Yes, Western students and employees still need to get vaccinated, even if they have had COVID-19. The natural immunity from being previously infected with COVID-19 decreases over time, so you will be best protected if you get vaccinated and continue to social distance, wear a mask, and wash your hands.

Is there be a procedure for student and employee exemptions?

Western will consider requests for applicable exemptions for medical and religious reasons; these exemptions will be consistent with the policy currently in place for our measles vaccination requirement. More information can be found on the Student Health Center website for students, and the HR website for employees.

Additionally, you can view the Student Vaccine Compliance Flowchart or the Employee Vaccine Compliance Flowchart

Does the mandate conflict with previously bargained positions with employee unions?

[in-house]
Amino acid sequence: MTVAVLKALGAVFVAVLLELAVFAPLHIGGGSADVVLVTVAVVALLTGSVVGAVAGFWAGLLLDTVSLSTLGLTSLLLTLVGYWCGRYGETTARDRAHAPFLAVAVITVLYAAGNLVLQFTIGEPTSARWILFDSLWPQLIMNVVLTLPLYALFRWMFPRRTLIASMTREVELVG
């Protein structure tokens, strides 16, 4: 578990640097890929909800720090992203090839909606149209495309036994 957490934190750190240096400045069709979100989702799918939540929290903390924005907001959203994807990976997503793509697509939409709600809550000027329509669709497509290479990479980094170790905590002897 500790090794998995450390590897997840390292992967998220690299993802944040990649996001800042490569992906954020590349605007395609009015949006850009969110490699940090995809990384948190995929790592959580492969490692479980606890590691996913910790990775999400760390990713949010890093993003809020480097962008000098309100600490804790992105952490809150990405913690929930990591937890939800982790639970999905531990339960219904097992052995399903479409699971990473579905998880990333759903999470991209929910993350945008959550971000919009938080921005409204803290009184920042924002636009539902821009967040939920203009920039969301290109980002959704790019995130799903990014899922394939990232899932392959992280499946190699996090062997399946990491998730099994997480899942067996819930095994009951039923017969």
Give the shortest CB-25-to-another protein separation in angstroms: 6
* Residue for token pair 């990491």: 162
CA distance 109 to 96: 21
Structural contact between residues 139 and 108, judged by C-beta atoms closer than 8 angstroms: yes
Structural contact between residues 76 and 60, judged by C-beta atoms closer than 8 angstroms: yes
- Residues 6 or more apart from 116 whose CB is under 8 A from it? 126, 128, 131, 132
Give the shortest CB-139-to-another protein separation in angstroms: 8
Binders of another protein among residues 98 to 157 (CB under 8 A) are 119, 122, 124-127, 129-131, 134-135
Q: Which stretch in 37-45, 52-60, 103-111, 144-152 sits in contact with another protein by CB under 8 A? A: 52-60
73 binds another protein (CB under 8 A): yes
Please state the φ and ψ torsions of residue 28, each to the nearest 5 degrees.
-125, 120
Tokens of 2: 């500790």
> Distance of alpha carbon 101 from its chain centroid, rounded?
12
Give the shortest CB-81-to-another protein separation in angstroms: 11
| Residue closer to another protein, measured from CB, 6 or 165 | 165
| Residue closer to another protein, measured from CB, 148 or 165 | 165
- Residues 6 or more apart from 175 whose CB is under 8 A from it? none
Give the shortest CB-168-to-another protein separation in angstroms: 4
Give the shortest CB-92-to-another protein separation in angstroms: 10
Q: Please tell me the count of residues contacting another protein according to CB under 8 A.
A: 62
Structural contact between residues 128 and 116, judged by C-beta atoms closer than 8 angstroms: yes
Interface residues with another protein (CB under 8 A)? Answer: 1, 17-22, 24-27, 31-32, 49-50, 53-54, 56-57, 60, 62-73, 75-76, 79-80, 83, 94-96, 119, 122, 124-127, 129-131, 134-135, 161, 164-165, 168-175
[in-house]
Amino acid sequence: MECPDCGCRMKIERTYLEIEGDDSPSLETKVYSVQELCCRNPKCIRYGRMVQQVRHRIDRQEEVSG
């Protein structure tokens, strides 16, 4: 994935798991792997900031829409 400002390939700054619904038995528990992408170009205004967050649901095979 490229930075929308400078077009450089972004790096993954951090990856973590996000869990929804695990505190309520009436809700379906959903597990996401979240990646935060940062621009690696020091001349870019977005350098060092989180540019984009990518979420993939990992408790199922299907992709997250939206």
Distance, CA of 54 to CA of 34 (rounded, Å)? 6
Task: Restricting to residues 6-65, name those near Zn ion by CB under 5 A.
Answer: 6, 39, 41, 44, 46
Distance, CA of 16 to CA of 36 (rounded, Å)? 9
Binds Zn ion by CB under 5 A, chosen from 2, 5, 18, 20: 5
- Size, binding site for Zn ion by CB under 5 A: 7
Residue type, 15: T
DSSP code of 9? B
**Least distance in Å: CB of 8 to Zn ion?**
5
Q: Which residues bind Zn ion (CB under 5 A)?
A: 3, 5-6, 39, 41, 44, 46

The COVID-19 vaccine mandate for Western employees requires the University to formally notify unions and engage in good faith negotiations.

Are masking and social distancing requirements still in place since the mandate was implemented?

Masks are required on campus regardless of vaccination status. Social distancing requirements have been discontinued. All rules around masking and social distancing have been adopted via guidance by the Washington State Department of Health and the Center for Disease Control. Western will continue to monitor national, state, and local coronavirus cases and the most current science to inform decisions.

Will students’ and employee vaccination records be private and confidential?